Duke lost its third straight game, and second straight at Cameron Indoor, 64-62 to Syracuse on Monday.
As always seems to be the case in a Duke-Syracuse game, one of the main topics of discussion afterward was the officiating.
A Grayson Allen buzzer beater at the end of the first half was waved off, and the three points would have been the difference in the game. That play was virtually forgotten, however, after the events in the final seconds of the contest.
Allen drove the lane and put up an awkward scoop shot with 6.9 seconds remaining and Duke trailing by one. It wasn’t close, and the loose ball caromed down, near the free throw line. With 4.3 seconds left, Duke’s Matt Jones came charging in from near the 3-point line. From an equal distance away, in the opposite direction, Syracuse’s Malachi Richardson made a beeline for the ball.
Both players were running full speed, with their full attention on the ball. Jones appeared to get his hands on it first, for an instant, before the two collided. Richardson came away with the ball and was fouled.
After Richardson hit his first free throw, the second bounced off the rim, and Jones got the rebound with 2.1 seconds remaining. There appeared to be a lag before the clock began, and Jones took several dribbles before attempting a shot from beyond half court. Syracuse double teamed him, and he couldn’t get the shot off.
After the game, Jones showed the media a cut on his left hand that looked like bite marks, saying he received it during one of the scrambles at the end of the game.
Coach K called the no-call on the collision between Richardson and Jones “amazing” during an interview with the Duke radio crew. In his press conference a few minutes later, he used the word “amazing” no less than 10 times.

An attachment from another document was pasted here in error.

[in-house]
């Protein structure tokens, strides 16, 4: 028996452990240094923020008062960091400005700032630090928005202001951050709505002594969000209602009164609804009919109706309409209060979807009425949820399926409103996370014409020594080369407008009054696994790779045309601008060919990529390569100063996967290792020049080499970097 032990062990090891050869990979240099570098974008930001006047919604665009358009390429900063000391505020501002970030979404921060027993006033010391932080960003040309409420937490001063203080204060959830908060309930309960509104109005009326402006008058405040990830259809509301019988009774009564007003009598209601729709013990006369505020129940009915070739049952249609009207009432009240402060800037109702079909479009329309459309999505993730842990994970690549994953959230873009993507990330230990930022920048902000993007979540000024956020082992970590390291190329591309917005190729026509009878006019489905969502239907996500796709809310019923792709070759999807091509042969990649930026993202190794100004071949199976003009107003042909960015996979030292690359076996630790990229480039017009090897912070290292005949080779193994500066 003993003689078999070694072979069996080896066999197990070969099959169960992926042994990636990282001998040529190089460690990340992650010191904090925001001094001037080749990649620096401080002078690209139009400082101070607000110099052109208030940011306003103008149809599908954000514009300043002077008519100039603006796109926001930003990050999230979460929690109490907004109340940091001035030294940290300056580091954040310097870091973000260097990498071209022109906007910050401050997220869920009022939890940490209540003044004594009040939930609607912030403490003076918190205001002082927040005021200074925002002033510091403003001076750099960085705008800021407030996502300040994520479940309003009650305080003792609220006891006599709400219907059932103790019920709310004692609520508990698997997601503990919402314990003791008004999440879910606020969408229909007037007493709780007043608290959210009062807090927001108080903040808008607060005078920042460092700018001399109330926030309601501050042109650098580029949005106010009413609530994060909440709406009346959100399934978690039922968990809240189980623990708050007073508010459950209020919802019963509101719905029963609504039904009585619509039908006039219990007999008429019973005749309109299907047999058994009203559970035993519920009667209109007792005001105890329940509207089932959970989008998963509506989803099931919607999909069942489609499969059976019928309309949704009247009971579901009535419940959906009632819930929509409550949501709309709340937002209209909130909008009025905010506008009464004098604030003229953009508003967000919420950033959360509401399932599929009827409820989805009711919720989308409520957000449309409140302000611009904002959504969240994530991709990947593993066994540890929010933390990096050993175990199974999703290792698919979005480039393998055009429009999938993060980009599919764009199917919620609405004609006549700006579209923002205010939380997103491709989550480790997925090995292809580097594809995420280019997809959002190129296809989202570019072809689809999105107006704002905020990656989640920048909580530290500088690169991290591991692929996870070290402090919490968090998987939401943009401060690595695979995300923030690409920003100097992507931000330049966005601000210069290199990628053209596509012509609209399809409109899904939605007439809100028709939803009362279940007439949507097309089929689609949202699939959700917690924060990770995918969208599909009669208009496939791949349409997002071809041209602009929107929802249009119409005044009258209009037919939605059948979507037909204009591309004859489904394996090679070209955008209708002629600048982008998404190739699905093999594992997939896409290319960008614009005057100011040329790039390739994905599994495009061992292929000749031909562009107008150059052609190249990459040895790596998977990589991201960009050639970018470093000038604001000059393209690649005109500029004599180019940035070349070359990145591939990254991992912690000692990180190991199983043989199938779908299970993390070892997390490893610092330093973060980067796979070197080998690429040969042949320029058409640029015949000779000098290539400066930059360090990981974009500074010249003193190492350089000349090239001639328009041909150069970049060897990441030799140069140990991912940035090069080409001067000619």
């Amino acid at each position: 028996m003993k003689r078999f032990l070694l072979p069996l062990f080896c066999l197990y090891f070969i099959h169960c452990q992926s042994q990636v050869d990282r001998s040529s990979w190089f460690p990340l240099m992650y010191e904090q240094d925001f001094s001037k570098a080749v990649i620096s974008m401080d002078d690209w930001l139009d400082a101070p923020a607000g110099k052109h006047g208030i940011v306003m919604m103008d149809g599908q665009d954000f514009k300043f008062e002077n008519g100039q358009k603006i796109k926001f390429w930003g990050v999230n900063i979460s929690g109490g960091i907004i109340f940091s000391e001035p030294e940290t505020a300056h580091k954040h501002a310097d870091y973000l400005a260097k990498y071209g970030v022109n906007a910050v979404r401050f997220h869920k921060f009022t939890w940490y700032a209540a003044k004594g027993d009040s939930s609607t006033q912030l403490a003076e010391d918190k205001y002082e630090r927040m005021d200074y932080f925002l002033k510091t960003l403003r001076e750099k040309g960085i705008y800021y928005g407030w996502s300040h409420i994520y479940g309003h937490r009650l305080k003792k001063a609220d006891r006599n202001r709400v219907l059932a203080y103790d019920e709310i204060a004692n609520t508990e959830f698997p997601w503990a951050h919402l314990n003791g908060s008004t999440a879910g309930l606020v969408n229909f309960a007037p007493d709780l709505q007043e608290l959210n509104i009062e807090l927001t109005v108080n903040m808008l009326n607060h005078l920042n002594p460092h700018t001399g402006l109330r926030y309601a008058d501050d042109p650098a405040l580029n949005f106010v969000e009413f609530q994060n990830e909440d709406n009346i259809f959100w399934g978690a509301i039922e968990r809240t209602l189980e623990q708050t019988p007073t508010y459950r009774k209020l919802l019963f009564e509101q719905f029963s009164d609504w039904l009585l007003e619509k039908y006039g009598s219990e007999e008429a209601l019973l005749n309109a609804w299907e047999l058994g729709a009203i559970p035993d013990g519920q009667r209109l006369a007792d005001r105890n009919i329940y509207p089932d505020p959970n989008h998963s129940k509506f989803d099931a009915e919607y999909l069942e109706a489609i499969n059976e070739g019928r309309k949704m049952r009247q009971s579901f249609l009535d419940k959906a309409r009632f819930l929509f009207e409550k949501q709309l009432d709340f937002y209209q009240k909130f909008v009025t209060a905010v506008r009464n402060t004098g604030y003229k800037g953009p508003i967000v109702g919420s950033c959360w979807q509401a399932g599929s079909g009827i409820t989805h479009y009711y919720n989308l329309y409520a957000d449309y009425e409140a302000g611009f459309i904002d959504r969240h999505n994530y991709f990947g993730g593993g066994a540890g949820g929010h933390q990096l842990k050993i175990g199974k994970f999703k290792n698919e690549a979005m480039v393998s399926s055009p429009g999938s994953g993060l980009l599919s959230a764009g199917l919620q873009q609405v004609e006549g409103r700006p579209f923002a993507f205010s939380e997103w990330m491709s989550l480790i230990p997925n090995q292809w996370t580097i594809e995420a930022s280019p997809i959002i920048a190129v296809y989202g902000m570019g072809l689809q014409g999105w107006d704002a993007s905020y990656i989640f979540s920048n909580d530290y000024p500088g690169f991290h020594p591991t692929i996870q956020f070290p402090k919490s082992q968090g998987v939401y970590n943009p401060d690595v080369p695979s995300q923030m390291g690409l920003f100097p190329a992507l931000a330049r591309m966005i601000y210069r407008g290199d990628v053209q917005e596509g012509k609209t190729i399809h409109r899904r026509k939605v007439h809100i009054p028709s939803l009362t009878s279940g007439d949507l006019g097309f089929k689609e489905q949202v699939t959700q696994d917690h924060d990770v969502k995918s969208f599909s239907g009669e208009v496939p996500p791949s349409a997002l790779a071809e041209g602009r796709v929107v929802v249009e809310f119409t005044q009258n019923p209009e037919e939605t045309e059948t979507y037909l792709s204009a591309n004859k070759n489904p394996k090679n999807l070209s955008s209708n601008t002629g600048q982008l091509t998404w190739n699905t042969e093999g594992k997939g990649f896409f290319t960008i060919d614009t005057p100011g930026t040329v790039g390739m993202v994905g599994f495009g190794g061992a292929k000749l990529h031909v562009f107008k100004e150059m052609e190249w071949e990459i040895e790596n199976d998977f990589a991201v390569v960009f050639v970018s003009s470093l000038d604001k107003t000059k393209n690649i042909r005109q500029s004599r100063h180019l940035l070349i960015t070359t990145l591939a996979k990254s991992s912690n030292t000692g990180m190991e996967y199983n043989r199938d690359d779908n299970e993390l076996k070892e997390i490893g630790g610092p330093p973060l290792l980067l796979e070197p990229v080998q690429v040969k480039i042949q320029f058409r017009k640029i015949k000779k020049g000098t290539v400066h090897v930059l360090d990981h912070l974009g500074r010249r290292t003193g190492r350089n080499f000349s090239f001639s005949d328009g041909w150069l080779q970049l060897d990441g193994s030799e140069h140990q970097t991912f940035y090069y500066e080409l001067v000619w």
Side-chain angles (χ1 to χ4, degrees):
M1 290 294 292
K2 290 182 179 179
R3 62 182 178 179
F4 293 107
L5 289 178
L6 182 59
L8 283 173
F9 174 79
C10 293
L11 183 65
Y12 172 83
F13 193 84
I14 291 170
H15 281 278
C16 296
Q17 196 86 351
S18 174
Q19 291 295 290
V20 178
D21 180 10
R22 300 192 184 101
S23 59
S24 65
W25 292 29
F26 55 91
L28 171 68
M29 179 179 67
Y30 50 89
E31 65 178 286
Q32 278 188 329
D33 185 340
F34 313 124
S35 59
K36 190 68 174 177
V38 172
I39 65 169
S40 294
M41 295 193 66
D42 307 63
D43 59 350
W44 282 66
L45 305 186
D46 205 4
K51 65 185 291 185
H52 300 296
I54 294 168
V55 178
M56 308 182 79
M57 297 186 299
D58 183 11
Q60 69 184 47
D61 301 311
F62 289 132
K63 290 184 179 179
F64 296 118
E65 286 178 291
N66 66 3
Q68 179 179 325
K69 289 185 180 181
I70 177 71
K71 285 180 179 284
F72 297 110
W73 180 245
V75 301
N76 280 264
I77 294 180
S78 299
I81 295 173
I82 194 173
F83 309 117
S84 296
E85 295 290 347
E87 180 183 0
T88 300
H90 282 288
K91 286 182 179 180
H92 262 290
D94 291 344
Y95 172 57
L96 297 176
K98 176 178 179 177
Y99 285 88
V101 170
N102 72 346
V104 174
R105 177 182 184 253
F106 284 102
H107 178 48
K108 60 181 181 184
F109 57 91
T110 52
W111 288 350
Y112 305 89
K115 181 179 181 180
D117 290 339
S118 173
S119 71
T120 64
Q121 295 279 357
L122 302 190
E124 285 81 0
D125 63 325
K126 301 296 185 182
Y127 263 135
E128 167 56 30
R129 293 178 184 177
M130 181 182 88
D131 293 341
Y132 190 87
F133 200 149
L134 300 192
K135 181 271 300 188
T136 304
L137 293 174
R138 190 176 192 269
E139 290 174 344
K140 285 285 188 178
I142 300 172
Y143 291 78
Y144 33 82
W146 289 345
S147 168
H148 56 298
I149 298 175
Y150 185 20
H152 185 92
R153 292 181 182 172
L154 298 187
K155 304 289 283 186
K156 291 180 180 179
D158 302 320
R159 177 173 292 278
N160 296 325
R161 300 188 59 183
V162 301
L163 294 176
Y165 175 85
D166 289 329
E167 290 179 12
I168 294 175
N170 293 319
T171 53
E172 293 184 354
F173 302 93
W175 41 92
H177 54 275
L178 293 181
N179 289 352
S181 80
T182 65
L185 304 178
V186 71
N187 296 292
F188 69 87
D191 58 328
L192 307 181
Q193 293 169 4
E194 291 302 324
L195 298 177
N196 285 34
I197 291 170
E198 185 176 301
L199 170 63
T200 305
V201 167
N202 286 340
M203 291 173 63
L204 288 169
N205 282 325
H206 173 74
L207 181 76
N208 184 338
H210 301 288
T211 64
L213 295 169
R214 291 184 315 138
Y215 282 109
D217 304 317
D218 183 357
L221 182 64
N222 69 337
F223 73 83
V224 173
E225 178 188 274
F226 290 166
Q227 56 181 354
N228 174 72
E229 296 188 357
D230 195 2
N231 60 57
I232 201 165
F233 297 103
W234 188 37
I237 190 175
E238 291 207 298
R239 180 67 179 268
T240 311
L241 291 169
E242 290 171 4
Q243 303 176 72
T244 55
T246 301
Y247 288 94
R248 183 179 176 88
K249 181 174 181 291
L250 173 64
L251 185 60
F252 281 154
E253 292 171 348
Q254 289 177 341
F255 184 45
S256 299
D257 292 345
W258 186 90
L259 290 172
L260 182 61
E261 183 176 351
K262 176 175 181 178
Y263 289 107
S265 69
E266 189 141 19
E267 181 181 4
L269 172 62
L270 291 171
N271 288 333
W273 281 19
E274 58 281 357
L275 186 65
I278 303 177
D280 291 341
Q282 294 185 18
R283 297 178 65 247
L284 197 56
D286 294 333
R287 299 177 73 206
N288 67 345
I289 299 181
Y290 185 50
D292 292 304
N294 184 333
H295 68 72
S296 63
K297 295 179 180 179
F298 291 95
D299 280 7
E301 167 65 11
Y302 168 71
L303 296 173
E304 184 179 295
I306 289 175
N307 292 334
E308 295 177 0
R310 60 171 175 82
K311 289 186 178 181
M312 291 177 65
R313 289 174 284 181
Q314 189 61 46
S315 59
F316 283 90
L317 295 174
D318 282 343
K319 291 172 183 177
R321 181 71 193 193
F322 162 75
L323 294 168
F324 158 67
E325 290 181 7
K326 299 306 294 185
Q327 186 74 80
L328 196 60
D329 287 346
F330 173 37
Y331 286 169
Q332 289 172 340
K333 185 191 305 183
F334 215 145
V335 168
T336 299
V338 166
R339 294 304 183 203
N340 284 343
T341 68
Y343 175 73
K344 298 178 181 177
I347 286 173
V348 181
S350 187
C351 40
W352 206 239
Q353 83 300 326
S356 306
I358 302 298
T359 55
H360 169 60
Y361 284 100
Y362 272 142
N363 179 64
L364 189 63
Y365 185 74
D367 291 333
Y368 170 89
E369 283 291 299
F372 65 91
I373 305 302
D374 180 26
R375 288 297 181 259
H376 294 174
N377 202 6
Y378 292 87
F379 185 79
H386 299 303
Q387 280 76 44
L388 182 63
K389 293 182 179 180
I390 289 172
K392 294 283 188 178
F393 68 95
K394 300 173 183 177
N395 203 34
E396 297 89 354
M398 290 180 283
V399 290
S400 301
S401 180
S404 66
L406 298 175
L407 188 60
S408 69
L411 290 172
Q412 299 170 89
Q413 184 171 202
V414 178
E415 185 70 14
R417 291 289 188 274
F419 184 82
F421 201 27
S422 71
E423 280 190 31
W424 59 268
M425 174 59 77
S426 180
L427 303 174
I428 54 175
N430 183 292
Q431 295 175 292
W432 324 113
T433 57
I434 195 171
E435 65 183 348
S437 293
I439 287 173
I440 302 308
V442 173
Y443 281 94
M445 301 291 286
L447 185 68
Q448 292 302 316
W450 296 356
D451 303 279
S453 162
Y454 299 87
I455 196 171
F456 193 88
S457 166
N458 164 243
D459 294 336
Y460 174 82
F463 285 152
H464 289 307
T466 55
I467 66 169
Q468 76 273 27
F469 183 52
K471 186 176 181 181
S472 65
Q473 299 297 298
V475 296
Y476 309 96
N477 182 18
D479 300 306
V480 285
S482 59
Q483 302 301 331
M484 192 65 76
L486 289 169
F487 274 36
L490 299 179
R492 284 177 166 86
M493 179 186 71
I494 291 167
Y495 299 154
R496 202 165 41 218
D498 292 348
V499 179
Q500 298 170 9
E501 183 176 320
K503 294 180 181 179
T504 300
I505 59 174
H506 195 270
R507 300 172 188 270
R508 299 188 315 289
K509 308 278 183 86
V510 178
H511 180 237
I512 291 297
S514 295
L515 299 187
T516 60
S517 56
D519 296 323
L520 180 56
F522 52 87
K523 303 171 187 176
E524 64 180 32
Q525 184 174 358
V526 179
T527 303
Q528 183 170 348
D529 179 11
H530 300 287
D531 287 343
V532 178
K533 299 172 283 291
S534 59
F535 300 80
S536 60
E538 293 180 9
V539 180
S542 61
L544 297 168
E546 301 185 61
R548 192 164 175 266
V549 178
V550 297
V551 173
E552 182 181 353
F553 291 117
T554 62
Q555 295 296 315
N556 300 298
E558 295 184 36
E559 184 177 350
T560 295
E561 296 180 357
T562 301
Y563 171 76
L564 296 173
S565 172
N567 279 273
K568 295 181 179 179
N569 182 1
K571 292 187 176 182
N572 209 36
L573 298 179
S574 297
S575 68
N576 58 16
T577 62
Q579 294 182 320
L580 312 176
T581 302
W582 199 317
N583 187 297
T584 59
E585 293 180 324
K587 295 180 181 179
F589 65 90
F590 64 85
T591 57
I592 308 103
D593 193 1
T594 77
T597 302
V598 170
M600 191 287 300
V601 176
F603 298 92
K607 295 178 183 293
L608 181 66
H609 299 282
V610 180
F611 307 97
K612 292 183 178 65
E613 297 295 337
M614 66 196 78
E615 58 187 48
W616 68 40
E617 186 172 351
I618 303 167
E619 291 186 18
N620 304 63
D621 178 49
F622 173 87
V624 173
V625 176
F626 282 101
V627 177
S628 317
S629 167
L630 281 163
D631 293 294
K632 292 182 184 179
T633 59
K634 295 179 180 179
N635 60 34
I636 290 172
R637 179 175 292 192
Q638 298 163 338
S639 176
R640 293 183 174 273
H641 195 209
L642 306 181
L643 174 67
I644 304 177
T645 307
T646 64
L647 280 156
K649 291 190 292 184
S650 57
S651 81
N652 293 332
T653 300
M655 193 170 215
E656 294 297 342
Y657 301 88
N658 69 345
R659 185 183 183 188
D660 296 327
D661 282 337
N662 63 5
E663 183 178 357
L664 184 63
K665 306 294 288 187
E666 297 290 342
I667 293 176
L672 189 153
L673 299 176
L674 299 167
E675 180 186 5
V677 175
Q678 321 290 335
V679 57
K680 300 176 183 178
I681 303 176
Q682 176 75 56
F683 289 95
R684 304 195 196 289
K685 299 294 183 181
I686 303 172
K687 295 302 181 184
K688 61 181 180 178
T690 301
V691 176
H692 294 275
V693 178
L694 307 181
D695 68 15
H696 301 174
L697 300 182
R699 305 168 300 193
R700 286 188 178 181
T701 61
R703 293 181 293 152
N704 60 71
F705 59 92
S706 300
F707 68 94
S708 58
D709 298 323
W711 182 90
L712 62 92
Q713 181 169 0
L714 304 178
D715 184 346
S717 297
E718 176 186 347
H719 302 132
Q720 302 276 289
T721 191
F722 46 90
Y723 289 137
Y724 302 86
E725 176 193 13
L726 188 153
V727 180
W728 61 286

“We did (drive to the basket) right at the end of the game, and it was an amazing ending,” Krzyzewski said. “Amazing. … Have you seen it? Well, go see it. It’s literally amazing.”
During his next answer, Krzyzewski said, “Just … It’s amazing basketball. Let’s put it that way.”
Later: “Matt made a great play, and he wasn’t rewarded. He made a great play, and it’s amazing. It’s literally amazing. … God bless america. It was a …” Coach K trailed off at that point.
“When you see amazing, then you’ll … y’know … It’s like … amazing. Just know … when you see something like an unbelievable beauty … like one of the wonders of the world … It’s unbelievable, and that’s what makes it amazing.”
Krzyzewski then sighed, but he wasn’t done.
“They’re busting their butts,” he said, when asked about the team’s effort. “They’re busting ’em, and then Amazing happens. Which … It’s crazy.”
So here’s a call-by-call, and at times frame-by-frame, look at the amazing officiating during Duke’s loss to see who has a legitimate gripe:
Allen’s halftime shot:
Of all the calls, this one appears to be the most clear-cut.
Clock is at zero, red light is lit, and the ball is still in Allen’s fingertips. No good. The referees got this one correct.
Allen’s scoop shot:
Syracuse actually had a foul to give and was actively trying to foul Allen before he got his scoop shot off inside of 10 seconds. However, he was in the clear on the shot itself, and a no call was the right call on this play.
This one is tough. Here, both players are already sprinting, like runners out of the starting gate, to where the ball is going to come down. Richardson has one foot inside the charge circle, one next to the white block outside the paint. Jones is beyond the 3-point line on the right.
They arrive nearly simultaneously, at full speed. Mark Armstrong of WTVD TV reports that the following images are two frames apart, a time span of 1/14 of a second.